An interindustry agreement allowing the manufacture of "plug-and-play"
cable-ready digital-TV sets is one more reason not to ban system operators from
offering set-top converter boxes that integrate both security and program-guide
functions, cable lobbyists are telling the Federal Communications
Supplementing its argument against the 2005 ban on integrated set-top boxes, the
National Cable & Telecommunications Association March 6 told the FCC that
recent plug-and-play agreements demonstrated the cable industry's commitment to
creating a competitive retail market for set-top "navigational devices."
The ban was imposed by the FCC as a way to stimulate a retail market for set-top
boxes by eliminating cable operators' perceived advantage in marketing devices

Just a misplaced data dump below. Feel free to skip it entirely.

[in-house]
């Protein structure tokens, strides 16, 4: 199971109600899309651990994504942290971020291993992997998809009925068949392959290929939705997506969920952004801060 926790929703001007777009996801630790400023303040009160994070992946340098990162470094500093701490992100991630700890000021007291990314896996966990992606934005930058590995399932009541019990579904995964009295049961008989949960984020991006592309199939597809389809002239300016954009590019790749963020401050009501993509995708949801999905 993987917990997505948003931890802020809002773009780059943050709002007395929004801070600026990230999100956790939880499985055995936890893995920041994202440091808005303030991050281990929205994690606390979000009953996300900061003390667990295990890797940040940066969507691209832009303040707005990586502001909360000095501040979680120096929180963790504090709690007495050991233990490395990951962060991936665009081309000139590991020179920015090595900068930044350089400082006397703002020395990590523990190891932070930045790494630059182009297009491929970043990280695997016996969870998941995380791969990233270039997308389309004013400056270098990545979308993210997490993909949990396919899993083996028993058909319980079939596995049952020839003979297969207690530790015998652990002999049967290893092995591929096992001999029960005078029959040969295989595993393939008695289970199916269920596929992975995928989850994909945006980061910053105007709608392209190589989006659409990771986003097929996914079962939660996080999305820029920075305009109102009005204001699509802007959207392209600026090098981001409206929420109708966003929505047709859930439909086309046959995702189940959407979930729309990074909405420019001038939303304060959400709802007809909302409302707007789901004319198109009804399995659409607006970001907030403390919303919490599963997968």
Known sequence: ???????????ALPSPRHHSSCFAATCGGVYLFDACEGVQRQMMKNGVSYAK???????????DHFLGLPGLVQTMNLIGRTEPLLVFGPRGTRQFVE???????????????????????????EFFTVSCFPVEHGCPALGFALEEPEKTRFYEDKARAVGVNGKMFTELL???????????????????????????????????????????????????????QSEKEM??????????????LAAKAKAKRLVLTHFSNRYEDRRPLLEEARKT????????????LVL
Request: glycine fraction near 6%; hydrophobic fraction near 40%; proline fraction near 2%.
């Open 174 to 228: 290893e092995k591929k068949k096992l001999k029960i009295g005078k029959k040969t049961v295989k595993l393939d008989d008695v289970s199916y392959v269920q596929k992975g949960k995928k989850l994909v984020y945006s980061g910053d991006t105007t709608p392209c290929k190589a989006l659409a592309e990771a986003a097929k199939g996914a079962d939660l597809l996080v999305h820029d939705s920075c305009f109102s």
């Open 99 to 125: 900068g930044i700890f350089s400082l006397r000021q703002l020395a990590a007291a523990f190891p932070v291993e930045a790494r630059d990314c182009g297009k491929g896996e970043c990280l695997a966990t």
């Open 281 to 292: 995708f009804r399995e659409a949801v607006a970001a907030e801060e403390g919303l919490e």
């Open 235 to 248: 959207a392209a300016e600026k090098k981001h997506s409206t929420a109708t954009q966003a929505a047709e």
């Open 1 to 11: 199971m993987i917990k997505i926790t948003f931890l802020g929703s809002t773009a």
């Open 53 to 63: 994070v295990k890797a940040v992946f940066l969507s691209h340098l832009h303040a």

directly to their subscribers.
The cable industry said the ban "would limit consumer choice" and potentially force cable
customers to buy devices laden with features they don't want.
On the other side of the issue, the Consumer Electronics Retailers Coalition and manufacturer Thomson Consumer Electronics maintained that the ban remains necessary and urged the FCC
not to even consider relaxing the ban until the agency rules on whether to approve the plug-and-play
Comments on the plug-and-play standard are due March 28; replies April